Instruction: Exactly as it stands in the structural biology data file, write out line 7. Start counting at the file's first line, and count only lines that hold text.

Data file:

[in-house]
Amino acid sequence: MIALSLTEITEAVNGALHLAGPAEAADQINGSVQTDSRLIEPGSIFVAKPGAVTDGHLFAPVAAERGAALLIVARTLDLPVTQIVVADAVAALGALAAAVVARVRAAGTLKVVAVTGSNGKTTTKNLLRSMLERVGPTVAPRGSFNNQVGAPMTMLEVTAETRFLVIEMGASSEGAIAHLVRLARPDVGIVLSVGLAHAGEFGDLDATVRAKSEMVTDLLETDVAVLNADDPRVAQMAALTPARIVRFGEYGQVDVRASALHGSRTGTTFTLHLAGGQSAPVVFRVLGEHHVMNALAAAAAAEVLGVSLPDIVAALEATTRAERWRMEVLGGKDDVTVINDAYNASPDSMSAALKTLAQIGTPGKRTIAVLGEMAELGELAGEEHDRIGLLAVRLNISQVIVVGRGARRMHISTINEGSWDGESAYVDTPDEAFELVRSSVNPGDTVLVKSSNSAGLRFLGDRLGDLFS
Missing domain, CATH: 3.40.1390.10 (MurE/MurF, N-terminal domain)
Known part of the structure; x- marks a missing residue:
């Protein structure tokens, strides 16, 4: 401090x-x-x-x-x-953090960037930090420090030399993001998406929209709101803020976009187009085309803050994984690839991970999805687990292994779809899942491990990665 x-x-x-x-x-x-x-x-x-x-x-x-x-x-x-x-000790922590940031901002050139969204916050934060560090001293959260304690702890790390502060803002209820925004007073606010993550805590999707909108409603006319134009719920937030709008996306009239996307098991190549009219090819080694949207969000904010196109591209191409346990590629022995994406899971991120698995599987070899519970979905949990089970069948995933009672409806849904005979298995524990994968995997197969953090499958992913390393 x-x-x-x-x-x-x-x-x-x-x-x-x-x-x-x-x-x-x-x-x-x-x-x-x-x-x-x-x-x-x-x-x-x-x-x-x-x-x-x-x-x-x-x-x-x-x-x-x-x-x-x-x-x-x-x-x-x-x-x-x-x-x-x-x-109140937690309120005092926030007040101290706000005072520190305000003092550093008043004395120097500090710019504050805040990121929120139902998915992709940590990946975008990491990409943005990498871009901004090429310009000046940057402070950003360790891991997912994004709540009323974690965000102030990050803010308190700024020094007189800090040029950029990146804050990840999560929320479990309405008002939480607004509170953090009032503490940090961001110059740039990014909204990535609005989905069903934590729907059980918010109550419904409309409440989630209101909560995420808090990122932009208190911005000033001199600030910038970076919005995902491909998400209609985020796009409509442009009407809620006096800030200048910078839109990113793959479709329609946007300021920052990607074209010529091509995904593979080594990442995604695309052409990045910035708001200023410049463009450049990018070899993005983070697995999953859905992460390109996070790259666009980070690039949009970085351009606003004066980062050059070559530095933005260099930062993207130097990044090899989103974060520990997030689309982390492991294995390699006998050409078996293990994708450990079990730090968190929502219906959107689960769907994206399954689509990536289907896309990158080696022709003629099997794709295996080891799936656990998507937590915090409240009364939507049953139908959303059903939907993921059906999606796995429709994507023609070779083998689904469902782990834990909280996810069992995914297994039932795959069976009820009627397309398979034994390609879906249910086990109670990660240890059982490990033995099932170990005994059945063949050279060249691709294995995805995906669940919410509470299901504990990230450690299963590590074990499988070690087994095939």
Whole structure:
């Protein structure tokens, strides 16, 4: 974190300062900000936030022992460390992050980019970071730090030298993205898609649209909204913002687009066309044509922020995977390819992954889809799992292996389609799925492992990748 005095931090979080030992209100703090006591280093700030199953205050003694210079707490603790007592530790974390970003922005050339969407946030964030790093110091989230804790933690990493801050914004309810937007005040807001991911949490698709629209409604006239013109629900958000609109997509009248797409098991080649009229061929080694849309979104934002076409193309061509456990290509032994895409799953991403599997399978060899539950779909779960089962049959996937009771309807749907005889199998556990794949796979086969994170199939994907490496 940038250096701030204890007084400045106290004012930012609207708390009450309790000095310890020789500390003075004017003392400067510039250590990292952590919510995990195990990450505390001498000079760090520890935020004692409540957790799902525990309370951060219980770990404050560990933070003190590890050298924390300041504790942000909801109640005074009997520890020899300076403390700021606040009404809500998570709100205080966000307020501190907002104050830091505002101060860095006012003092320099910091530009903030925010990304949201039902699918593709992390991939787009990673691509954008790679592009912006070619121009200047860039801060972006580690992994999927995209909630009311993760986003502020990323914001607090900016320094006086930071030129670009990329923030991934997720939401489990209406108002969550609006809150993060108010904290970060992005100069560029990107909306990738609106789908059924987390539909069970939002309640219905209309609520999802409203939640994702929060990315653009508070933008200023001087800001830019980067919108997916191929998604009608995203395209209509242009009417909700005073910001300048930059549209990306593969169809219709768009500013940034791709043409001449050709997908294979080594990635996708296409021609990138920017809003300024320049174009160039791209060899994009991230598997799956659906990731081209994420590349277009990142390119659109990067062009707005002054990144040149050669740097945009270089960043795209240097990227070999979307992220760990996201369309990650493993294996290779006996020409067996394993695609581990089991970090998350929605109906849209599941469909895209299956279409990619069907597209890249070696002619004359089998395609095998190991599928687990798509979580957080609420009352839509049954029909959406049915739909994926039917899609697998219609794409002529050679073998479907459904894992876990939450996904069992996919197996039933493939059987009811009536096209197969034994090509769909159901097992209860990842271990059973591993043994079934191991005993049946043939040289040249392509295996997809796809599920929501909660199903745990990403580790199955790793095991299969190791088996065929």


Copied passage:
């Protein structure tokens, strides 16, 4: 974190300062900000936030022992460390992050980019970071730090030298993205898609649209909204913002687009066309044509922020995977390819992954889809799992292996389609799925492992990748 005095931090979080030992209100703090006591280093700030199953205050003694210079707490603790007592530790974390970003922005050339969407946030964030790093110091989230804790933690990493801050914004309810937007005040807001991911949490698709629209409604006239013109629900958000609109997509009248797409098991080649009229061929080694849309979104934002076409193309061509456990290509032994895409799953991403599997399978060899539950779909779960089962049959996937009771309807749907005889199998556990794949796979086969994170199939994907490496 940038250096701030204890007084400045106290004012930012609207708390009450309790000095310890020789500390003075004017003392400067510039250590990292952590919510995990195990990450505390001498000079760090520890935020004692409540957790799902525990309370951060219980770990404050560990933070003190590890050298924390300041504790942000909801109640005074009997520890020899300076403390700021606040009404809500998570709100205080966000307020501190907002104050830091505002101060860095006012003092320099910091530009903030925010990304949201039902699918593709992390991939787009990673691509954008790679592009912006070619121009200047860039801060972006580690992994999927995209909630009311993760986003502020990323914001607090900016320094006086930071030129670009990329923030991934997720939401489990209406108002969550609006809150993060108010904290970060992005100069560029990107909306990738609106789908059924987390539909069970939002309640219905209309609520999802409203939640994702929060990315653009508070933008200023001087800001830019980067919108997916191929998604009608995203395209209509242009009417909700005073910001300048930059549209990306593969169809219709768009500013940034791709043409001449050709997908294979080594990635996708296409021609990138920017809003300024320049174009160039791209060899994009991230598997799956659906990731081209994420590349277009990142390119659109990067062009707005002054990144040149050669740097945009270089960043795209240097990227070999979307992220760990996201369309990650493993294996290779006996020409067996394993695609581990089991970090998350929605109906849209599941469909895209299956279409990619069907597209890249070696002619004359089998395609095998190991599928687990798509979580957080609420009352839509049954029909959406049915739909994926039917899609697998219609794409002529050679073998479907459904894992876990939450996904069992996919197996039933493939059987009811009536096209197969034994090509769909159901097992209860990842271990059973591993043994079934191991005993049946043939040289040249392509295996997809796809599920929501909660199903745990990403580790199955790793095991299969190791088996065929």